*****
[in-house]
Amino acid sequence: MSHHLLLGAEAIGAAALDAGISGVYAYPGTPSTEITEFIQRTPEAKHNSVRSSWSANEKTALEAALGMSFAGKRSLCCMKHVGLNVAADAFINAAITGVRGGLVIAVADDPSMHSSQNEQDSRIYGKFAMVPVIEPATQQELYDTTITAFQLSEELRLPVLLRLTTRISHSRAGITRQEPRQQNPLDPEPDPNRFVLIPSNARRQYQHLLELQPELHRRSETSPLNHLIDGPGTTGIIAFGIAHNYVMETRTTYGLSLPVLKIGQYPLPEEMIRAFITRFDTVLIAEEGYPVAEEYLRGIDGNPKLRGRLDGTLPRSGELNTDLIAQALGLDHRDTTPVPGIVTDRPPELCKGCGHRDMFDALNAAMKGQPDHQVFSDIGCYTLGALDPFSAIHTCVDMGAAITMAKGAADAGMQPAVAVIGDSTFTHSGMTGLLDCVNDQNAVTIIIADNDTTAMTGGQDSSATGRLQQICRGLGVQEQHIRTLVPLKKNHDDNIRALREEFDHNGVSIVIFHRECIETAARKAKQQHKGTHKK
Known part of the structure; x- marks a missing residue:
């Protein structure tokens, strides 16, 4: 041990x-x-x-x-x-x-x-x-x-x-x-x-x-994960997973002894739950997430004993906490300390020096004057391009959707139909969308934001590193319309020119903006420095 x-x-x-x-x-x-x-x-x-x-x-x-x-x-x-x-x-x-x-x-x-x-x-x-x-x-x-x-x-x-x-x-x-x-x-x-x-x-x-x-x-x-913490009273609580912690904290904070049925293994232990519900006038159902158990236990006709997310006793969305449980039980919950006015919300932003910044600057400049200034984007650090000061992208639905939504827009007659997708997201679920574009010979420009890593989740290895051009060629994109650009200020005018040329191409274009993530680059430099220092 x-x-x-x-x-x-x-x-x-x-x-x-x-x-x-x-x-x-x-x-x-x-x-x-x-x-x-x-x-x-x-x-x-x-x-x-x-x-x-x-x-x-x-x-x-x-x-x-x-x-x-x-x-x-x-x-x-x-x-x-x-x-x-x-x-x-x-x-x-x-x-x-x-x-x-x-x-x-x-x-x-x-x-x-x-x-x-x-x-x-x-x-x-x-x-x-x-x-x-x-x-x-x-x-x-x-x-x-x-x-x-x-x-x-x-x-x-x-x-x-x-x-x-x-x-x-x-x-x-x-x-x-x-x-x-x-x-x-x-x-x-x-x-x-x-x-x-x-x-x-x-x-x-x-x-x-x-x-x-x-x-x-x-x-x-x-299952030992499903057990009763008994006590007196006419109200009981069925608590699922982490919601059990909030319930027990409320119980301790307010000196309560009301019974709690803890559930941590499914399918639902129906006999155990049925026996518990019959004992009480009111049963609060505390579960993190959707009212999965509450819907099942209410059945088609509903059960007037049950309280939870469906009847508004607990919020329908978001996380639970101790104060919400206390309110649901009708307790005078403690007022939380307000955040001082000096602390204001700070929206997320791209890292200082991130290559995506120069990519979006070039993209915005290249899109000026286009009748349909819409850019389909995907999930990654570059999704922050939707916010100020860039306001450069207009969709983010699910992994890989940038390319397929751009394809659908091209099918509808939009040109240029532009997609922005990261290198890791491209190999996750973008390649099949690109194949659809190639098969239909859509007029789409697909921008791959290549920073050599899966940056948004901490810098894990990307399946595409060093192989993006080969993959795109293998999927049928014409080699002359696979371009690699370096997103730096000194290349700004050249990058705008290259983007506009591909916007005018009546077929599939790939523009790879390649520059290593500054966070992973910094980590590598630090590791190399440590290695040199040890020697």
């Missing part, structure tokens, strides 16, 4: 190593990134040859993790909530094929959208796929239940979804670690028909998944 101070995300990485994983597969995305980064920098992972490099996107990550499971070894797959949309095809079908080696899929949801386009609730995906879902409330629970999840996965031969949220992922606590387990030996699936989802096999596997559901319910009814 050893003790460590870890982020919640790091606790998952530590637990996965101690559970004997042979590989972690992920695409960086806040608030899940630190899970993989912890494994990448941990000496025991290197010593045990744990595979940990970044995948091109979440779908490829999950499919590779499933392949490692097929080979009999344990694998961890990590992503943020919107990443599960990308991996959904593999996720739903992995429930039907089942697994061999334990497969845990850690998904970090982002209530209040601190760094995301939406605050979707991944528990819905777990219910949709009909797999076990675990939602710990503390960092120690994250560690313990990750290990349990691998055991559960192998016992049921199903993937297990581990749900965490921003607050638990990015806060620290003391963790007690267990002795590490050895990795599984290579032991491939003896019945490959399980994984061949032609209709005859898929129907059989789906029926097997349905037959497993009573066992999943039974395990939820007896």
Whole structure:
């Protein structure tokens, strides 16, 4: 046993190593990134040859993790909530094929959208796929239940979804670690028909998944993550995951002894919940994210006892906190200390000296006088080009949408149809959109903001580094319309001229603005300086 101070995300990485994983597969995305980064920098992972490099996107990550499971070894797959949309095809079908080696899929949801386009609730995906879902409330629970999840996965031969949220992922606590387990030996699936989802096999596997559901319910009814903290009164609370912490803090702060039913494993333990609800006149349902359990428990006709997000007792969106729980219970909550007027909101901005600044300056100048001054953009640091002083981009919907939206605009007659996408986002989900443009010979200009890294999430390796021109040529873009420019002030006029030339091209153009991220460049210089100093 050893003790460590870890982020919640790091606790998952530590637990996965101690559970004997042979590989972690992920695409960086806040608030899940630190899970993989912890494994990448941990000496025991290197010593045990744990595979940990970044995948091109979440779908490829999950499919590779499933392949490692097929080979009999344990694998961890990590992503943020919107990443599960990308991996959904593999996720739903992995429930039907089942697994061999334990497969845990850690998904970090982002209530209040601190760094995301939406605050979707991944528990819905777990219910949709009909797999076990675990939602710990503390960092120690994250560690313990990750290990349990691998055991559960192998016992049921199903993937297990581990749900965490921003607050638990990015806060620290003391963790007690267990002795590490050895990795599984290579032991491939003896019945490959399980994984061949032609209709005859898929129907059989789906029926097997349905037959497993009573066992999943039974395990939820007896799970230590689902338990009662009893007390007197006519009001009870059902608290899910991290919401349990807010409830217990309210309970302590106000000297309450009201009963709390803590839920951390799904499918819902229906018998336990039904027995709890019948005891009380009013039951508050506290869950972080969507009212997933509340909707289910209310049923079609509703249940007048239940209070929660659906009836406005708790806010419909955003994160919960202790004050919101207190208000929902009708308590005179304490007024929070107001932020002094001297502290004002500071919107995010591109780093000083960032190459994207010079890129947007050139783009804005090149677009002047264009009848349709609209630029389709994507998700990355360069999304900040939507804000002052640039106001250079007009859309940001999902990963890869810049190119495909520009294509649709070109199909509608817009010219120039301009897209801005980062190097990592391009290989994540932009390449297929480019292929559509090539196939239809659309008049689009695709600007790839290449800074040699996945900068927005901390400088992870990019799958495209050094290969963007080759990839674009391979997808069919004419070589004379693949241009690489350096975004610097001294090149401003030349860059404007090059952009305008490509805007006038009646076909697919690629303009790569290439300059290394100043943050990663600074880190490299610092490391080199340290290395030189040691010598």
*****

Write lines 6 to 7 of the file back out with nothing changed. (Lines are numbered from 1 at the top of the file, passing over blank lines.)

Whole structure:
């Protein structure tokens, strides 16, 4: 046993190593990134040859993790909530094929959208796929239940979804670690028909998944993550995951002894919940994210006892906190200390000296006088080009949408149809959109903001580094319309001229603005300086 101070995300990485994983597969995305980064920098992972490099996107990550499971070894797959949309095809079908080696899929949801386009609730995906879902409330629970999840996965031969949220992922606590387990030996699936989802096999596997559901319910009814903290009164609370912490803090702060039913494993333990609800006149349902359990428990006709997000007792969106729980219970909550007027909101901005600044300056100048001054953009640091002083981009919907939206605009007659996408986002989900443009010979200009890294999430390796021109040529873009420019002030006029030339091209153009991220460049210089100093 050893003790460590870890982020919640790091606790998952530590637990996965101690559970004997042979590989972690992920695409960086806040608030899940630190899970993989912890494994990448941990000496025991290197010593045990744990595979940990970044995948091109979440779908490829999950499919590779499933392949490692097929080979009999344990694998961890990590992503943020919107990443599960990308991996959904593999996720739903992995429930039907089942697994061999334990497969845990850690998904970090982002209530209040601190760094995301939406605050979707991944528990819905777990219910949709009909797999076990675990939602710990503390960092120690994250560690313990990750290990349990691998055991559960192998016992049921199903993937297990581990749900965490921003607050638990990015806060620290003391963790007690267990002795590490050895990795599984290579032991491939003896019945490959399980994984061949032609209709005859898929129907059989789906029926097997349905037959497993009573066992999943039974395990939820007896799970230590689902338990009662009893007390007197006519009001009870059902608290899910991290919401349990807010409830217990309210309970302590106000000297309450009201009963709390803590839920951390799904499918819902229906018998336990039904027995709890019948005891009380009013039951508050506290869950972080969507009212997933509340909707289910209310049923079609509703249940007048239940209070929660659906009836406005708790806010419909955003994160919960202790004050919101207190208000929902009708308590005179304490007024929070107001932020002094001297502290004002500071919107995010591109780093000083960032190459994207010079890129947007050139783009804005090149677009002047264009009848349709609209630029389709994507998700990355360069999304900040939507804000002052640039106001250079007009859309940001999902990963890869810049190119495909520009294509649709070109199909509608817009010219120039301009897209801005980062190097990592391009290989994540932009390449297929480019292929559509090539196939239809659309008049689009695709600007790839290449800074040699996945900068927005901390400088992870990019799958495209050094290969963007080759990839674009391979997808069919004419070589004379693949241009690489350096975004610097001294090149401003030349860059404007090059952009305008490509805007006038009646076909697919690629303009790569290439300059290394100043943050990663600074880190490299610092490391080199340290290395030189040691010598």